The quintessential reseeding annual of northern climes is the poppy. Both
papaver rhoeas (shirley poppy, corn poppy), and papaver somniferum (opium
poppy) will reseed themselves for years in cool climates. If your climate is
cold enough, iceland poppy may reseed itself too. (Native to arctic
regions). Bachelor buttons, alyssum, california poppies, godetia, cosmos,
lavatera, and chinese forget me nots will all reseed themselves, although
not always in the spot you would have chosen for them. The trick is learning
to recognize the seedlings when young, and also not to be afraid to hoe
often, since these plants will reseed themselves too generously and it's
nice to give them a little breathing space. (The ones the hoe misses will be
I think this varies. They sometimes go a couple years as non-blooming
perennials, then do not return the next year after finally blooming,
unless they reseed, which they do quite easily. But some annual poppies do
seem to perennialize unpredictably & bloom year after year, & I think P.
somniferum may be one that can do so, though I'm not swearing to it. Mine
in the past have been annuals. This year I have only one opium poppy (a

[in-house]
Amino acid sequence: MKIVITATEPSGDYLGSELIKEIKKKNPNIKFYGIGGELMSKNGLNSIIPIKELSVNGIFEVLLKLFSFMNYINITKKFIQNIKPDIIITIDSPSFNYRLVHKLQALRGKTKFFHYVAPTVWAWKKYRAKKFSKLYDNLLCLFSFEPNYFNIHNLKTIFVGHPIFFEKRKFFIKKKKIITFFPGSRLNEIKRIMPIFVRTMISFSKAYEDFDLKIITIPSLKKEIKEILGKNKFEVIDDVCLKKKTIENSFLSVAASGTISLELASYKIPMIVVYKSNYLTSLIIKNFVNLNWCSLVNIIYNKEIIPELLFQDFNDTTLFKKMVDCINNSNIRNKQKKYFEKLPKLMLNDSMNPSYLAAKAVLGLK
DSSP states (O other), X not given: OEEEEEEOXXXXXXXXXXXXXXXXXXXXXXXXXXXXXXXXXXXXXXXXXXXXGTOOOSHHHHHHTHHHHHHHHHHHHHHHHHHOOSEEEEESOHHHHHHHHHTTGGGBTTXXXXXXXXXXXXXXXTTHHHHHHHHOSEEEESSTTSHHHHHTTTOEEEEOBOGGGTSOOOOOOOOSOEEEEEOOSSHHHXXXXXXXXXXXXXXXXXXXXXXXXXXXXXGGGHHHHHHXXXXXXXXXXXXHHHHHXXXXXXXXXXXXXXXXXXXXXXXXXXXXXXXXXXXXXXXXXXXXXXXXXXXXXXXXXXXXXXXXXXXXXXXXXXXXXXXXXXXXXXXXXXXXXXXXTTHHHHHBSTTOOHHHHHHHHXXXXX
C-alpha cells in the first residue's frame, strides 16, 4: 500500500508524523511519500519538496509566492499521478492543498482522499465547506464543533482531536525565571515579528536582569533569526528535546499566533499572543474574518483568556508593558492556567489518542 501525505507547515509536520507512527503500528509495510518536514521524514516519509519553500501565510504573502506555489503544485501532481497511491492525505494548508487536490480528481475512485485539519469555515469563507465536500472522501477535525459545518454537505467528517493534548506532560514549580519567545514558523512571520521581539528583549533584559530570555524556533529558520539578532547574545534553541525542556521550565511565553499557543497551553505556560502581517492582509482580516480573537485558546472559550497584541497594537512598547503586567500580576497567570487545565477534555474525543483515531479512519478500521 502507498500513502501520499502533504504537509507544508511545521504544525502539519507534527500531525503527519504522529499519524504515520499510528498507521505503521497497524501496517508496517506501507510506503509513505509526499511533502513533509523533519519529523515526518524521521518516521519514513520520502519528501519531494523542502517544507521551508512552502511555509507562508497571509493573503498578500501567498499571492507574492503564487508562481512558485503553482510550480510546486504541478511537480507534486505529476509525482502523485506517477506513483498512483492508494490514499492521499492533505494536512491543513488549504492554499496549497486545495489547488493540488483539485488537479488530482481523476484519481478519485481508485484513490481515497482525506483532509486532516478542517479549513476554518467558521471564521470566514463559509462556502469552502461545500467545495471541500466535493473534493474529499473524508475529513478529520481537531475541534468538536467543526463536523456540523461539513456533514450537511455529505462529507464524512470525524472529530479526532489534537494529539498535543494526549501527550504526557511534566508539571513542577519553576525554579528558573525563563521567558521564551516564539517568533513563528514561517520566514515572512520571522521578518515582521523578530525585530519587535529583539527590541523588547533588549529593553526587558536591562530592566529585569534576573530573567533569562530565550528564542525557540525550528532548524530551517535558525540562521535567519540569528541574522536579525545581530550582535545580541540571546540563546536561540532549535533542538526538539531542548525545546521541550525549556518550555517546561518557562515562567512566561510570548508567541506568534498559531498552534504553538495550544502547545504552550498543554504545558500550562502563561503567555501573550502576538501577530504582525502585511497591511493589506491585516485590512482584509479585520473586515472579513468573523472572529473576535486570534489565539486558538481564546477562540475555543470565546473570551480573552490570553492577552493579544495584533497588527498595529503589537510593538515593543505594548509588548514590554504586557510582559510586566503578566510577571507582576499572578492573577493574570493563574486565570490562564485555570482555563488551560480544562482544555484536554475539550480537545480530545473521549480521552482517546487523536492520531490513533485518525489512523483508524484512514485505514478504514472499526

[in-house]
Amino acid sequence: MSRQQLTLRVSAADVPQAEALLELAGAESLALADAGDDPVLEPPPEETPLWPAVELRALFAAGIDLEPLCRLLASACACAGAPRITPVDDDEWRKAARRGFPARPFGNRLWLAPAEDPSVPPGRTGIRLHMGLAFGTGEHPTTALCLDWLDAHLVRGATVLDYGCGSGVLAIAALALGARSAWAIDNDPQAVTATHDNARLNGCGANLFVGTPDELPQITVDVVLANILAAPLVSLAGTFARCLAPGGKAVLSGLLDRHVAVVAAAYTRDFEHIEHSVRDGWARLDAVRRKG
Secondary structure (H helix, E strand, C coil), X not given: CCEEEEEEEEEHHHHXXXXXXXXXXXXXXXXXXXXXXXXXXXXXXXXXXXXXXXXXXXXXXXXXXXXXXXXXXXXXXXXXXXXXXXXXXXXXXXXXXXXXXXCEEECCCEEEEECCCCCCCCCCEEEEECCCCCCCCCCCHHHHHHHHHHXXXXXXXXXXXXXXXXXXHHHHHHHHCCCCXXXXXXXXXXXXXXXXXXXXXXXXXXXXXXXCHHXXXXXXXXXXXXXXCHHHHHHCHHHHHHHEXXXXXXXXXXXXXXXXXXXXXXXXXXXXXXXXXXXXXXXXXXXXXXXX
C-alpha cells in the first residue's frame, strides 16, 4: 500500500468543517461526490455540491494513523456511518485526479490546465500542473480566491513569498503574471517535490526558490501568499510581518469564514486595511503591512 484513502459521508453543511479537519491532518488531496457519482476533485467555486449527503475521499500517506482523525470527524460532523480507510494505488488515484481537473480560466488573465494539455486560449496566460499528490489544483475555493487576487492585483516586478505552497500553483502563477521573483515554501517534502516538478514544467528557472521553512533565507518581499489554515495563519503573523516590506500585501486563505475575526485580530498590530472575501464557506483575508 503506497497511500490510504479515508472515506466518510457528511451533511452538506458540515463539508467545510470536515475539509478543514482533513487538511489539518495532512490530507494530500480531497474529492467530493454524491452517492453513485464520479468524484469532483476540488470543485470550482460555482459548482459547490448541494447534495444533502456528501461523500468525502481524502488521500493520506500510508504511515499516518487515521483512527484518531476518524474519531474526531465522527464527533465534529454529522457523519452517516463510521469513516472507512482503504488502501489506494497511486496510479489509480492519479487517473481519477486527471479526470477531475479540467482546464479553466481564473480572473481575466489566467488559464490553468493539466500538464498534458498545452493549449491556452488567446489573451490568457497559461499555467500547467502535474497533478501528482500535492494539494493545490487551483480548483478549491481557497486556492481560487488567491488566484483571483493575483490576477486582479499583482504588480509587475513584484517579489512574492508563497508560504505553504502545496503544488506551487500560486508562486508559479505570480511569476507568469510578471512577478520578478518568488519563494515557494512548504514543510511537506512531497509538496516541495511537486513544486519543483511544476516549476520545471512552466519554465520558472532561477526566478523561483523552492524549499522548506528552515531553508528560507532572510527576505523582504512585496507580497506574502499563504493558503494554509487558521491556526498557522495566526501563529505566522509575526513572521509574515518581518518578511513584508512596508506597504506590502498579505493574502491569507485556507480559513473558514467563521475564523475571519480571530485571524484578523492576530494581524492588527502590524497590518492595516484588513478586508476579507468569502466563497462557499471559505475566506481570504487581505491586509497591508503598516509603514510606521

black peony variety) -- it has been blooming a full month so far,
beginning to look scruffy finally -- & I'm saving the pods as I'm pretty
sure it won't come back next year, but I won't disrupt its specific
location in case it does want to return.
-paghat the ratgirl
"Of what are you afraid, my child?" inquired the kindly teacher.
"Oh, sir! The flowers, they are wild," replied the timid creature.
I think you're thinking of oriental poppies, papaver orientale, which have
the big orange, salmon, or red flowers every year in late May, early June.
According to botanica, papaver somniferum is definitely an annual, albeit
fast growing and a reliable self-sower in the right climates.
You'd consider Texas bluebonnets to be weeds? Maxmillion sunflowers? Larkspur?
I mean, I see your point, but there are a lot of plants which are in cultivation
and can reseed and not be considered weeds.
HomeOwnersHub.com is a website for homeowners and building and maintenance pros. It is not affiliated with any of the manufacturers or service providers discussed here.
All logos and trade names are the property of their respective owners.